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MHH&H Files Lawsuit On Behalf Of Persons With Disabilities Against MTA-LI Bus Company


Garden City, New York; April 9, 2010— The Garden City law firm of Moritt Hock Hamroff & Horowitz LLP initiated a lawsuit on April 7, 2010 on behalf of eight Nassau County residents with disabilities in the United States District Court for the Eastern District of New York in Central Islip against the Metropolitan Transit Authority- Long Island Bus Company challenging a new policy geared to cut back service on its Able Ride program scheduled to take effect on Monday, April 12, 2010. While the cuts will affect all Able Ride users, the cuts will especially affect those persons with disabilities using Able Ride in the northeastern quadrant section of Nassau County. Six additional individuals with disabilities were added to the lawsuit on April 8, 2010.  Robert L. Schonfeld, Of Counsel, with Moritt Hock Hamroff & Horowitz LLP, represents the plaintiffs.

Able Ride is a shared ride, curb-to-curb paratransit bus service for people with disabilities which provides transportation for people who are unable to use fixed route bus service for some or all of their trips. At present, Able Ride’s current policy enables persons with disabilities residing in Nassau County to arrange for direct transportation from their homes to another location in Nassau County such as to their jobs, day programs, medical appointments, and recreation facilities. As of April 12, 2010, this policy was set to be discontinued for certain Able Ride users especially those residing in the northeastern quadrant section of Nassau County.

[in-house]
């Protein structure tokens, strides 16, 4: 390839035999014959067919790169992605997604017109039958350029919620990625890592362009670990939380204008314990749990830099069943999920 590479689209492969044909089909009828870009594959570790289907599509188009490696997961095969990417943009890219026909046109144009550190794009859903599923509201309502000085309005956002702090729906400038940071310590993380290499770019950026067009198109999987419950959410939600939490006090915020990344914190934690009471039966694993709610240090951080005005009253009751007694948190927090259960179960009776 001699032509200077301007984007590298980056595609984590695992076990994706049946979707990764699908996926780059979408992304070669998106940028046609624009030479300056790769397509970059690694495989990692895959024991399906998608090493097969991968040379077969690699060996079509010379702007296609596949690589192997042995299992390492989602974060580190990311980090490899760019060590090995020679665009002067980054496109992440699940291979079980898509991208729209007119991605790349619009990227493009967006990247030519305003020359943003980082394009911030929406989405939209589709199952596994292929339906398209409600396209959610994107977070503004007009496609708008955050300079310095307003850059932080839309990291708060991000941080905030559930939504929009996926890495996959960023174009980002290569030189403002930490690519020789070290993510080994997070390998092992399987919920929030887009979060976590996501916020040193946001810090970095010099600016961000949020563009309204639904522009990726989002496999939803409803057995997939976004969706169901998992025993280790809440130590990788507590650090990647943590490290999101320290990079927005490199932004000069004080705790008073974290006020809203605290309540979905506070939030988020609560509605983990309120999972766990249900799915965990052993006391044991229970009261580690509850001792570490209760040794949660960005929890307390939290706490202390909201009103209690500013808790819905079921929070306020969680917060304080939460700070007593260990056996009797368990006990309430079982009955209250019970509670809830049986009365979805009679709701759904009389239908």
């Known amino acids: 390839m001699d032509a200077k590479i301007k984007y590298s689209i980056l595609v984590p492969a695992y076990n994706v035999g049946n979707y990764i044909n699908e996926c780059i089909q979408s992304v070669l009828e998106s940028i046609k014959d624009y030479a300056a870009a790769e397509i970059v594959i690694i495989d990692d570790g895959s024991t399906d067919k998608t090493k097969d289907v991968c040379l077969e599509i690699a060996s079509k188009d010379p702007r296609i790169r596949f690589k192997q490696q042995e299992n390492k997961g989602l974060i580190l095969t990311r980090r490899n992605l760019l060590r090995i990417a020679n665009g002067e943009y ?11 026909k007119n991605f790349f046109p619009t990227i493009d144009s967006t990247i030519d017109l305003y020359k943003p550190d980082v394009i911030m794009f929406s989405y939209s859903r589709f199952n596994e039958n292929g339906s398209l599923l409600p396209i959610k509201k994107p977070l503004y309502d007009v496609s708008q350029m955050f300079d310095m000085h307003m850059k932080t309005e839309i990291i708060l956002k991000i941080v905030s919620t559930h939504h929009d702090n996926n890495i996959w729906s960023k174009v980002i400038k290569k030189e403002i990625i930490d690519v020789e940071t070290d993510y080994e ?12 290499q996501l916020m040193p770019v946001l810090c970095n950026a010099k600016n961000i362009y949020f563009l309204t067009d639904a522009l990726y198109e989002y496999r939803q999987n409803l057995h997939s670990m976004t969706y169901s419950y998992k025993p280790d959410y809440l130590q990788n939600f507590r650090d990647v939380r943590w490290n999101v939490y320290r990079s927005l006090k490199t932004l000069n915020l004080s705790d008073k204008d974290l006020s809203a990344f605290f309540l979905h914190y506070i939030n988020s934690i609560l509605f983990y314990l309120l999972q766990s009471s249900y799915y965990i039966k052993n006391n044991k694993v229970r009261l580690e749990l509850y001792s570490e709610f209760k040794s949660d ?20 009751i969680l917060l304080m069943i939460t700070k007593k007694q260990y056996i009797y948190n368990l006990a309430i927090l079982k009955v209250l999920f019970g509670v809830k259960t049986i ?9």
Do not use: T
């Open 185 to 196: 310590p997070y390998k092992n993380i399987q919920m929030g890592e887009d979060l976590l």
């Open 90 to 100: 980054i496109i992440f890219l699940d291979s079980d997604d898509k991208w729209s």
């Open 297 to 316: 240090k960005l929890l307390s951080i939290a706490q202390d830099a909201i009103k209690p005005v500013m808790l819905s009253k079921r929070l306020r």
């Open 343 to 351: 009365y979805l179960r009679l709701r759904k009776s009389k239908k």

Today, April 9, 2010, Judge Joanna Seybert of the United States District Court for the Eastern District of New York in Central Islip issued a temporary restraining order enjoining MTA Long Island Bus from initiating its cuts in the Able Ride program pending the next Court appearance scheduled for April 27, 2010.  Therefore, the Able Ride cuts scheduled to take effect on April 12, 2010, have been stayed and will not take effect on that date.

Judge Seybert urged both parties to see if they can resolve this matter prior to the next Court date.  Judge Seybert urged MTA Long Island Bus to reach out to advocates for people with disabilities and veterans to see if some plan can be reached to assure that these individuals have adequate transportation throughout Nassau County.

The lawsuit was initiated on the grounds that the MTA Long Island Bus Company failed to communicate the policy change to the disabled individuals as required under the Americans with Disabilities Act (ADA) and that the service cuts, as a whole, were in violation of the ADA, the Federal Fair Housing Act, Section 504 of the Rehabilitation Act of 1973, and the New York State Human Rights Law.

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